04.–07.06.2023 #immcologne

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Self-sufficient, sustainable, floating

The water city as the concept for tomorrow’s homes

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Climate change and population growth are among the major challenges of our time. Rising sea levels threaten coastal cities and are taking away the very thing that is essential to solving the housing shortage: land. The industry is therefore developing innovative concepts to make better use of the existing space and conserve resources. Alongside the vertical village, the floating city is one such solution: a self-sustaining urban community living on the water.

Futuristic buildings with extraordinary designs and shapes could make life on the sea a reality. (Photo: Ethan P on Unsplash)

The history of the water city

There’s actually nothing new about living on the sea. Zhujiajiao, the Venice of Shanghai, was built around 1,700 years ago and is one of the best-preserved water towns in the world. A good 30,000 people live there today. For centuries, the Uru, an indigenous people from Peru and Bolivia, have used natural materials to build islands that can house families of ten people on Lake Titicaca. And in the late 1950s, the Japanese architect Kiyonori Kikutake designed the Marine City, which was to have space for factories and up to 50,000 people.

Today the floating city is first and foremost an answer to the consequences of global warming. This is why architects across the world are designing floating, self-sufficient cities with sustainable power generation and water and food production.

New concepts for floating cities

One prototype has been put forward by the US company Oceanix . The self-sustaining city will be based off the coast of Busan, South Korea, and connected to the mainland via bridges. The islands will rise and fall with the water, making them safe even in a strong swell. Another example comes from the Netherlands: The architectural firm Waterstudio is working with the Maldives government to plan a floating water city inspired by corals off the coast of Malé. The islands’ structure and the artificial coral reefs attached to their underside are designed to protect them from large waves.

Kalvebod Brygge by the Copenhagen architects’ practice JDS resembles a ship. The two pipe-shaped modules are joined by a footbridge and can be extended in any way imaginable.

Rougerie + Tangram are taking a different approach with their design for Monaco’s harbour. The 275,000 m2 district will be built on concrete slabs and anchored to the sea floor by giant pillars, with the aim being to optimally protect the natural environment.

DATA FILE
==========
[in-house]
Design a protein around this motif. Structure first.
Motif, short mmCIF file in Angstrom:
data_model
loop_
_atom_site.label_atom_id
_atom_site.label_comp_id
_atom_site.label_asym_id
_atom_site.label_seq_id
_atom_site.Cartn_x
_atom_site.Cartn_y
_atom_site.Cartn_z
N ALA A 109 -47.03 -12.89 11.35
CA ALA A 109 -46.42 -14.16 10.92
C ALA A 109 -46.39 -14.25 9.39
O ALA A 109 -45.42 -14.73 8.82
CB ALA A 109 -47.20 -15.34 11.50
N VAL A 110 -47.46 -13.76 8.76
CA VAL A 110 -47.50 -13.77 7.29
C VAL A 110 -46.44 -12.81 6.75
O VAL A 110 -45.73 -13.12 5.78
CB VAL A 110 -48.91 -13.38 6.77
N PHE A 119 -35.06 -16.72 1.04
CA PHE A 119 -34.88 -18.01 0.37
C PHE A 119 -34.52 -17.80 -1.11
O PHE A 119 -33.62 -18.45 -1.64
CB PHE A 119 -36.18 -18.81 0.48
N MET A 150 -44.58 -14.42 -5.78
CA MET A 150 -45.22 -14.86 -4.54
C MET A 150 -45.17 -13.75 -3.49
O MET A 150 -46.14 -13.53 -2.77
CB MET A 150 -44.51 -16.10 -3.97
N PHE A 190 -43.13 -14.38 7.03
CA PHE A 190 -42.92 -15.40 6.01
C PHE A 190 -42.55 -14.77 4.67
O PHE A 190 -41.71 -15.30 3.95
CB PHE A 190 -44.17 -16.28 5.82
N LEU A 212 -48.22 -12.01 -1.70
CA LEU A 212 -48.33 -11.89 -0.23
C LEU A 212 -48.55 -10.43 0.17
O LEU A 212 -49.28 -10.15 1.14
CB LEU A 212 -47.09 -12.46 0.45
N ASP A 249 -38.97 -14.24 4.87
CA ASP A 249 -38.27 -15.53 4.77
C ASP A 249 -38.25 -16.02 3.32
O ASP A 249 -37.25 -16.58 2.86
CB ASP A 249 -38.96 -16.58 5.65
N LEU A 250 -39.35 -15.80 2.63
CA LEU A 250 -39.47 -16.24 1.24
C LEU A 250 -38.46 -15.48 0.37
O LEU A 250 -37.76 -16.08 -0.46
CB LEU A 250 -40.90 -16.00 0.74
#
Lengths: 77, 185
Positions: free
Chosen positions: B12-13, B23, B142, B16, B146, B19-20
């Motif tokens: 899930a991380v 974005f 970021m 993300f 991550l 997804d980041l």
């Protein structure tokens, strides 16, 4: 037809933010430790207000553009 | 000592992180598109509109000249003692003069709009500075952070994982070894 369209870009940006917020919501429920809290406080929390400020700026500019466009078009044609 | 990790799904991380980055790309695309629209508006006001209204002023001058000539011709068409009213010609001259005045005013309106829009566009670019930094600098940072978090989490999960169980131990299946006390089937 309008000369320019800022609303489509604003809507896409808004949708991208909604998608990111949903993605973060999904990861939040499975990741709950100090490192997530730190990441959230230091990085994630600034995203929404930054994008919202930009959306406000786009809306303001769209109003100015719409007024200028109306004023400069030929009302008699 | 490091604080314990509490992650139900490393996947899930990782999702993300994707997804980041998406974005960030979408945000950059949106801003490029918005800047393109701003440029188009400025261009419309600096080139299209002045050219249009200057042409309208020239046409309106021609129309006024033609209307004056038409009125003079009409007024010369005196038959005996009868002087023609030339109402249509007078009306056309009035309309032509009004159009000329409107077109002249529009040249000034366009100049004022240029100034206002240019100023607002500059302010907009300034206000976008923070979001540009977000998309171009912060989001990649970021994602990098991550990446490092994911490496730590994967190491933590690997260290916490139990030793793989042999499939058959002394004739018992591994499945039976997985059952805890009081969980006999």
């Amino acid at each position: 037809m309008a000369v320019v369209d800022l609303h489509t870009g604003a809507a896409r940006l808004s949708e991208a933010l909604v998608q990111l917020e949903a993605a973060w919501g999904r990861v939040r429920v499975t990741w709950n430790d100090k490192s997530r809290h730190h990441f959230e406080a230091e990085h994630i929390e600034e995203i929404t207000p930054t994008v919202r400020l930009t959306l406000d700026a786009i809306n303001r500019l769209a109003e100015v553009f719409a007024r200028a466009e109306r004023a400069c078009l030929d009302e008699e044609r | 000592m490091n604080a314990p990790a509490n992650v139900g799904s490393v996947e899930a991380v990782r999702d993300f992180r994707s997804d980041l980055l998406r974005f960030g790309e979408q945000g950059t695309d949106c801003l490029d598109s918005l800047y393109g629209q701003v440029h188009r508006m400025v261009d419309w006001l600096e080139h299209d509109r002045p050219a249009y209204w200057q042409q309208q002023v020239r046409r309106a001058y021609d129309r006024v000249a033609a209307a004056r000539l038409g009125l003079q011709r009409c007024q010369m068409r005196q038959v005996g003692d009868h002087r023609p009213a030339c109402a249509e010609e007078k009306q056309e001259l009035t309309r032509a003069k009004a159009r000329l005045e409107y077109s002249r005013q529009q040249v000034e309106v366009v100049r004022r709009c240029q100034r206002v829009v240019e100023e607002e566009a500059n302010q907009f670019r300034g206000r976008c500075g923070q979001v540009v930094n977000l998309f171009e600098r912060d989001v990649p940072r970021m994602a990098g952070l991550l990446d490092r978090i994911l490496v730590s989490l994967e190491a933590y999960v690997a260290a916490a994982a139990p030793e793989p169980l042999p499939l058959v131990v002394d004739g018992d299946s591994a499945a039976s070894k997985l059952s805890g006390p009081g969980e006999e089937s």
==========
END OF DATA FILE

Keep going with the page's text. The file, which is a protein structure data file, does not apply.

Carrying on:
Extending over the blue of the ocean, these are the unique features and contours of Oceanix, an innovative floating city. (Photo: OCEANIX/BIG-Bjarke Ingels Group)

Living self-sufficiently thanks to the sea’s resources

The designs may differ in their approaches and scales. But they are all united by the idea of creating more living space and focusing on sustainability. One of the guiding principles is the blue economy, a concept that promotes the use of marine resources, such as seawater, while maintaining the ecological balance. In a water city, it might look like this:

Rainwater and seawater are treated with the aid of filtration and desalination plants to ensure supplies of drinking water. The need for electricity is met by solar power systems and wind turbines. Instead of supplying residents from the mainland, fruit and vegetables are grown locally – in vertical, aeroponic or hydroponic farms without soil. Waste is recycled and fed back into the material cycle. Transportation in floating cities takes the form of bicycles and shared mobility concepts.

Building and living sustainably

Self-sufficient water cities will not just be sustainably managed – they will also be built sustainably. To reduce weight and be as climate-neutral as possible, natural materials such as bamboo , wood, clay or limestone will be used – an alternative that is also taking off in the interior design industry, as furniture made from algae and other regrowing raw materials demonstrates.

According to a WWF study, every year up to 12.7 million tonnes of plastic waste ends up in the oceans. If people start to build their lives on the sea, they would be directly affected by this rubbish. This could result in a huge boost for initiatives to reduce waste. PET bottles can be used to thermally insulate houses, for example, or to produce furniture, such as the Felt conference chair by Vepa.

Last but not least, the global shortage of raw materials and space is forcing the construction and interior design industries to rethink. Floating cities, hempcrete or floating office furniture – innovative concepts are essential if we are to overcome the challenges of our time.

Floating cities will be entirely self-sustaining or powered by renewable energies. (Photo: Enrique on Pexels)

A fluid transition

Self-sufficient floating cities could make sustainable life on the sea a reality. Exciting concepts and prototypes already exist. Now they need to be implemented. The industry is in the midst of a transformation, as the large number of approaches based on sustainability and modular systems demonstrate. Stay up to date on this and other topics by subscribing to the magazine by imm cologne newsletter.